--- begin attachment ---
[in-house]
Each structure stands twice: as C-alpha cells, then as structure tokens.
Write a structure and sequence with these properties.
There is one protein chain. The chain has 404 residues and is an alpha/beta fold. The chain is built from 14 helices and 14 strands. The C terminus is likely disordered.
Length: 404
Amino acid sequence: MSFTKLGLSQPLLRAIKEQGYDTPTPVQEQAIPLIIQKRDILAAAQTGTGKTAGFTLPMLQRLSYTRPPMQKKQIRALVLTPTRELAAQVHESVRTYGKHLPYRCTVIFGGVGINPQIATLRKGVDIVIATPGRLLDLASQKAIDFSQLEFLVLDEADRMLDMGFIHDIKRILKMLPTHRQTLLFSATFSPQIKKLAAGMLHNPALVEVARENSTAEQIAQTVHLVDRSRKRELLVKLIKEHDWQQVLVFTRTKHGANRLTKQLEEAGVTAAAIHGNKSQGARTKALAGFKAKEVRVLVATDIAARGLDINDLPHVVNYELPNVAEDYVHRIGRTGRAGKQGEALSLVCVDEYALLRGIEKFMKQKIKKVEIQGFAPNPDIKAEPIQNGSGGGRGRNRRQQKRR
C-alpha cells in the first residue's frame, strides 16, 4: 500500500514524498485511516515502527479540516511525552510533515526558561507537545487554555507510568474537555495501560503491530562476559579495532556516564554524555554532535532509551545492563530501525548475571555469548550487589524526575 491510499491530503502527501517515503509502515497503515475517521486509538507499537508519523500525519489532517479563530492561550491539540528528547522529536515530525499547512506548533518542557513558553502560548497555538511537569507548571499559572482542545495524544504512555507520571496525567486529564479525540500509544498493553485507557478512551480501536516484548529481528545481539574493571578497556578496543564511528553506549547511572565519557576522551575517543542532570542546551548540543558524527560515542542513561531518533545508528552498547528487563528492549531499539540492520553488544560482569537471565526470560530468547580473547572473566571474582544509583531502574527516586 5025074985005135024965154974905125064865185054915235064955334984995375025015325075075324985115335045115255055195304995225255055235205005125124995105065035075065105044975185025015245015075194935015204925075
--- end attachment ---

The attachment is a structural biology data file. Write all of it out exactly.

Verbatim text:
[in-house]
Each structure stands twice: as C-alpha cells, then as structure tokens.
Write a structure and sequence with these properties.
There is one protein chain. The chain has 404 residues and is an alpha/beta fold. The chain is built from 14 helices and 14 strands. The C terminus is likely disordered.
Length: 404
Amino acid sequence: MSFTKLGLSQPLLRAIKEQGYDTPTPVQEQAIPLIIQKRDILAAAQTGTGKTAGFTLPMLQRLSYTRPPMQKKQIRALVLTPTRELAAQVHESVRTYGKHLPYRCTVIFGGVGINPQIATLRKGVDIVIATPGRLLDLASQKAIDFSQLEFLVLDEADRMLDMGFIHDIKRILKMLPTHRQTLLFSATFSPQIKKLAAGMLHNPALVEVARENSTAEQIAQTVHLVDRSRKRELLVKLIKEHDWQQVLVFTRTKHGANRLTKQLEEAGVTAAAIHGNKSQGARTKALAGFKAKEVRVLVATDIAARGLDINDLPHVVNYELPNVAEDYVHRIGRTGRAGKQGEALSLVCVDEYALLRGIEKFMKQKIKKVEIQGFAPNPDIKAEPIQNGSGGGRGRNRRQQKRR
C-alpha cells in the first residue's frame, strides 16, 4: 500500500514524498485511516515502527479540516511525552510533515526558561507537545487554555507510568474537555495501560503491530562476559579495532556516564554524555554532535532509551545492563530501525548475571555469548550487589524526575 491510499491530503502527501517515503509502515497503515475517521486509538507499537508519523500525519489532517479563530492561550491539540528528547522529536515530525499547512506548533518542557513558553502560548497555538511537569507548571499559572482542545495524544504512555507520571496525567486529564479525540500509544498493553485507557478512551480501536516484548529481528545481539574493571578497556578496543564511528553506549547511572565519557576522551575517543542532570542546551548540543558524527560515542542513561531518533545508528552498547528487563528492549531499539540492520553488544560482569537471565526470560530468547580473547572473566571474582544509583531502574527516586 5025074985005135024965154974905125064865185054915235064955334984995375025015325075075324985115335045115255055195304995225255055235205005125124995105065035075065105044975185025015245015075194935015204925075